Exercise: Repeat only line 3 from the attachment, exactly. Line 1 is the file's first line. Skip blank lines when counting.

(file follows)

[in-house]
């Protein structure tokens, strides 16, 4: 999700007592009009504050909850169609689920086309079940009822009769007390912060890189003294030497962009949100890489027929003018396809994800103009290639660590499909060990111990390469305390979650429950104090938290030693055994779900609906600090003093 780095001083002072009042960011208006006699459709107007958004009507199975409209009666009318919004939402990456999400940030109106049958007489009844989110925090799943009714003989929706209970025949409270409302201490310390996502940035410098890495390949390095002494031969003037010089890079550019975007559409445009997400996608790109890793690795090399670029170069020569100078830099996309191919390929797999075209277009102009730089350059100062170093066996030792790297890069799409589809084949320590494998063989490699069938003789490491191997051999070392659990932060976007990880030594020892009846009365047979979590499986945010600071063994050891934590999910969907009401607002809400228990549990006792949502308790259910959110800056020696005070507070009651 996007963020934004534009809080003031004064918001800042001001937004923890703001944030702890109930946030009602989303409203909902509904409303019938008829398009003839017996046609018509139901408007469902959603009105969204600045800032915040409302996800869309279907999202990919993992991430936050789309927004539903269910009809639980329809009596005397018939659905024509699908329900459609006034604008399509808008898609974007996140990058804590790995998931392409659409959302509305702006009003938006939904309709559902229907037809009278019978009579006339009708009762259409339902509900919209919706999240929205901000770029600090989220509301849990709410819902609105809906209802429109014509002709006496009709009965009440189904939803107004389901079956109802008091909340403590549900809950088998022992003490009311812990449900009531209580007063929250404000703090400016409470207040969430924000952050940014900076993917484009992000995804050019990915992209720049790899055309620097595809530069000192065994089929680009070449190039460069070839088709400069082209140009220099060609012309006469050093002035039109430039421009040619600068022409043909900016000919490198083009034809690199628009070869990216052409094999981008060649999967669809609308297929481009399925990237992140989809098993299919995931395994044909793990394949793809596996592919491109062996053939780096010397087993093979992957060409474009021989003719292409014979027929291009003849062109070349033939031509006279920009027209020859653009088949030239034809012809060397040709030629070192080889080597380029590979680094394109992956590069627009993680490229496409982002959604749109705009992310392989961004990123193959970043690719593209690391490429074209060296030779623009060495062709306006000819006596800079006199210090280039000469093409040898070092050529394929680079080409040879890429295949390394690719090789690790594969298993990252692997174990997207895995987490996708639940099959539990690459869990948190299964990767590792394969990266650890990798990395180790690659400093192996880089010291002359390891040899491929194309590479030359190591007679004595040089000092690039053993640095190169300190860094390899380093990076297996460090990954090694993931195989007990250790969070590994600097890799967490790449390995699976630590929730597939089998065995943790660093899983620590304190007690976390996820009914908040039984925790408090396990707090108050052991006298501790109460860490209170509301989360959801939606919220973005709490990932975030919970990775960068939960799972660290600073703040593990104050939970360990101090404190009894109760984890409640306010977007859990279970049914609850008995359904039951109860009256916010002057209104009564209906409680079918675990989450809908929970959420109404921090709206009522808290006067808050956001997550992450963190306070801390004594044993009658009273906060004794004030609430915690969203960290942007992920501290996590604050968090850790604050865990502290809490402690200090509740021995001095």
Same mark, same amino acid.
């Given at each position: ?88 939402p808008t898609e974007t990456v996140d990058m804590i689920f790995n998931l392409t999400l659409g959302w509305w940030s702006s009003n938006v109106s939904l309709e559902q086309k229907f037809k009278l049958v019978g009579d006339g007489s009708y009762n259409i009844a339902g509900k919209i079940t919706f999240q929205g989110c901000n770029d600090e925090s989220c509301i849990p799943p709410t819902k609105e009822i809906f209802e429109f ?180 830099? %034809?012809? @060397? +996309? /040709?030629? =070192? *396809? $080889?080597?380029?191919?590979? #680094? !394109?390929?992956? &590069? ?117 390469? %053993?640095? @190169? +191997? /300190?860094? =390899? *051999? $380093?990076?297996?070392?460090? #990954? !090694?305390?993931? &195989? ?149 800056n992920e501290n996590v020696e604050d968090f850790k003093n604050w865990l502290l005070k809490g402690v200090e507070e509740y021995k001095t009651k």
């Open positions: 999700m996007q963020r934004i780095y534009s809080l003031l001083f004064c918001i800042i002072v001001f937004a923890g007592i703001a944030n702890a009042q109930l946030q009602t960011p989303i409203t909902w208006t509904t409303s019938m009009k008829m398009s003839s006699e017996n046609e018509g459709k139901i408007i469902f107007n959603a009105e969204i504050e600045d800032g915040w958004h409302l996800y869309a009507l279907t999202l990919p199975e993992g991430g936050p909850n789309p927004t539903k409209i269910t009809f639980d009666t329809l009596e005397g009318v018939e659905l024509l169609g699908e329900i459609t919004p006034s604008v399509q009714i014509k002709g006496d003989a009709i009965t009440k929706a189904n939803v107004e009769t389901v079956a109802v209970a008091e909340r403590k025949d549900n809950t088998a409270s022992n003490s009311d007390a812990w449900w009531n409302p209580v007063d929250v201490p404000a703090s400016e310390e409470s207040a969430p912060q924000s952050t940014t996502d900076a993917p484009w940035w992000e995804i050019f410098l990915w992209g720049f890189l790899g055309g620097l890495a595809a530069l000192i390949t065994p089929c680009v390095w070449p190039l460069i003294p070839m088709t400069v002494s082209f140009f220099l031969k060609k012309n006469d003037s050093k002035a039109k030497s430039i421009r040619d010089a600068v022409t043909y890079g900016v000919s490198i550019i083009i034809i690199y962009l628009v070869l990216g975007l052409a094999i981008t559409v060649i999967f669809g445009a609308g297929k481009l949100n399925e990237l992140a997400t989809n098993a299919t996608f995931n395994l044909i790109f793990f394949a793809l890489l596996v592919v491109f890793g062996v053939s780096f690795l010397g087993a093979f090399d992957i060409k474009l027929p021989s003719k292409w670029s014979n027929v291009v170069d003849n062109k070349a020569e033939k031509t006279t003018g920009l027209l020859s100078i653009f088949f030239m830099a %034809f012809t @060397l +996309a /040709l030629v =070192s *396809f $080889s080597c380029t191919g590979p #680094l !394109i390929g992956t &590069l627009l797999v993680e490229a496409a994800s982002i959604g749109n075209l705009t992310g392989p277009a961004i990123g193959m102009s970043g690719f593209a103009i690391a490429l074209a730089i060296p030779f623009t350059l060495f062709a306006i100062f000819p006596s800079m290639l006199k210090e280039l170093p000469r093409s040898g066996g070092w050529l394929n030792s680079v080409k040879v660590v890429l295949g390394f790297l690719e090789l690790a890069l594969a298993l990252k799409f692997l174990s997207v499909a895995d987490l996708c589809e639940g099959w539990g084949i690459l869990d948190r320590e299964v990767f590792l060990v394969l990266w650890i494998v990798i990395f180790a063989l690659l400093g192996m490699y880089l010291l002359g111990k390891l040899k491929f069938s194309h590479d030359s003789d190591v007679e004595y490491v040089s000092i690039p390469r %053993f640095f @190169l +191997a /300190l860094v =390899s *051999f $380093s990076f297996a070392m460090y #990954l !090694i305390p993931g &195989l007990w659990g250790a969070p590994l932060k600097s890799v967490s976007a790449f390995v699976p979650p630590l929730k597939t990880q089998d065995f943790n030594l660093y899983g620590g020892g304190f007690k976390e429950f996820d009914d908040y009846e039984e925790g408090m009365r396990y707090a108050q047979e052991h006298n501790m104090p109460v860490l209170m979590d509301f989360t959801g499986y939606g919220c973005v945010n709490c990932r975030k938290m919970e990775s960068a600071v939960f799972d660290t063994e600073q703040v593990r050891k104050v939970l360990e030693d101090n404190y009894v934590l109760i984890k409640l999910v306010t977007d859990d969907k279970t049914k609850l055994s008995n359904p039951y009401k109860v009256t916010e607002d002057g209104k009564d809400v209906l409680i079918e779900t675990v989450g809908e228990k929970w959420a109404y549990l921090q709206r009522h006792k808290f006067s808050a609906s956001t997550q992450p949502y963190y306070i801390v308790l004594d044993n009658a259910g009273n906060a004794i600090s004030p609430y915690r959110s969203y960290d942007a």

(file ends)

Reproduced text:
Same mark, same amino acid.